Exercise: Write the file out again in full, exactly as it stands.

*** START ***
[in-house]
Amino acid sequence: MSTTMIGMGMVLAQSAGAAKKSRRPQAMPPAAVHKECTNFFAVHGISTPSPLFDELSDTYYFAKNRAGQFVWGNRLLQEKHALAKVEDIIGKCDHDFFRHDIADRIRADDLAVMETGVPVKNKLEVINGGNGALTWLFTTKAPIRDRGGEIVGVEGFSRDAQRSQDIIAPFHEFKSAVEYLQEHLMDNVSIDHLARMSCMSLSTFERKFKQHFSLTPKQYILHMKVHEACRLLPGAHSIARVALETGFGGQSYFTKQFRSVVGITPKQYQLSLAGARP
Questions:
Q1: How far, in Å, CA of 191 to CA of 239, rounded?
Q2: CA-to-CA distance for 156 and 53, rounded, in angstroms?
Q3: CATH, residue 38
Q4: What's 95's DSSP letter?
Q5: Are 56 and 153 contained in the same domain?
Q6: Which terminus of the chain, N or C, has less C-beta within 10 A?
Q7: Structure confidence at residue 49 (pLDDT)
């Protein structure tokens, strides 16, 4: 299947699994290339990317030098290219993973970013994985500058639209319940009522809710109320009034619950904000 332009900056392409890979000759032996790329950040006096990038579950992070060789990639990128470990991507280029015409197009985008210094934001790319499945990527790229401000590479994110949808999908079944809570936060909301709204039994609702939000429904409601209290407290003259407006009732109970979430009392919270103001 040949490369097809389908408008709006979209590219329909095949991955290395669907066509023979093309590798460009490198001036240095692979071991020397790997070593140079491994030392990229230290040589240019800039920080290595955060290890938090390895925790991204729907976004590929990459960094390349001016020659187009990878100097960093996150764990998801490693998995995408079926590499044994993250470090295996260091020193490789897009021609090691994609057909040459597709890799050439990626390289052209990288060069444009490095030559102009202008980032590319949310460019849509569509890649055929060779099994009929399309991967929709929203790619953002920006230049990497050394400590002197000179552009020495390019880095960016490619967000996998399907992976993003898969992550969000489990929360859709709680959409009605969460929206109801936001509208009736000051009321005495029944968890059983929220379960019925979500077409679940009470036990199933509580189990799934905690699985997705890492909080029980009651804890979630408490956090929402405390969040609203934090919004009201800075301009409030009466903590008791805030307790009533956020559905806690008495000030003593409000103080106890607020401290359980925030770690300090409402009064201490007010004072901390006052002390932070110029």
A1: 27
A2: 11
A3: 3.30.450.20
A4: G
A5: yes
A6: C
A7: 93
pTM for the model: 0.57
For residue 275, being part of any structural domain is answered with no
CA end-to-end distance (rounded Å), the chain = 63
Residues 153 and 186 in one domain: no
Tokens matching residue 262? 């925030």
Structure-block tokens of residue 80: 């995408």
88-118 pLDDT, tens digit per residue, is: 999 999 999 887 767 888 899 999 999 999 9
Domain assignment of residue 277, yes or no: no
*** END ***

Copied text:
[in-house]
Amino acid sequence: MSTTMIGMGMVLAQSAGAAKKSRRPQAMPPAAVHKECTNFFAVHGISTPSPLFDELSDTYYFAKNRAGQFVWGNRLLQEKHALAKVEDIIGKCDHDFFRHDIADRIRADDLAVMETGVPVKNKLEVINGGNGALTWLFTTKAPIRDRGGEIVGVEGFSRDAQRSQDIIAPFHEFKSAVEYLQEHLMDNVSIDHLARMSCMSLSTFERKFKQHFSLTPKQYILHMKVHEACRLLPGAHSIARVALETGFGGQSYFTKQFRSVVGITPKQYQLSLAGARP
Questions:
Q1: How far, in Å, CA of 191 to CA of 239, rounded?
Q2: CA-to-CA distance for 156 and 53, rounded, in angstroms?
Q3: CATH, residue 38
Q4: What's 95's DSSP letter?
Q5: Are 56 and 153 contained in the same domain?
Q6: Which terminus of the chain, N or C, has less C-beta within 10 A?
Q7: Structure confidence at residue 49 (pLDDT)
């Protein structure tokens, strides 16, 4: 299947699994290339990317030098290219993973970013994985500058639209319940009522809710109320009034619950904000 332009900056392409890979000759032996790329950040006096990038579950992070060789990639990128470990991507280029015409197009985008210094934001790319499945990527790229401000590479994110949808999908079944809570936060909301709204039994609702939000429904409601209290407290003259407006009732109970979430009392919270103001 040949490369097809389908408008709006979209590219329909095949991955290395669907066509023979093309590798460009490198001036240095692979071991020397790997070593140079491994030392990229230290040589240019800039920080290595955060290890938090390895925790991204729907976004590929990459960094390349001016020659187009990878100097960093996150764990998801490693998995995408079926590499044994993250470090295996260091020193490789897009021609090691994609057909040459597709890799050439990626390289052209990288060069444009490095030559102009202008980032590319949310460019849509569509890649055929060779099994009929399309991967929709929203790619953002920006230049990497050394400590002197000179552009020495390019880095960016490619967000996998399907992976993003898969992550969000489990929360859709709680959409009605969460929206109801936001509208009736000051009321005495029944968890059983929220379960019925979500077409679940009470036990199933509580189990799934905690699985997705890492909080029980009651804890979630408490956090929402405390969040609203934090919004009201800075301009409030009466903590008791805030307790009533956020559905806690008495000030003593409000103080106890607020401290359980925030770690300090409402009064201490007010004072901390006052002390932070110029």
A1: 27
A2: 11
A3: 3.30.450.20
A4: G
A5: yes
A6: C
A7: 93
pTM for the model: 0.57
For residue 275, being part of any structural domain is answered with no
CA end-to-end distance (rounded Å), the chain = 63
Residues 153 and 186 in one domain: no
Tokens matching residue 262? 């925030």
Structure-block tokens of residue 80: 């995408």
88-118 pLDDT, tens digit per residue, is: 999 999 999 887 767 888 899 999 999 999 9
Domain assignment of residue 277, yes or no: no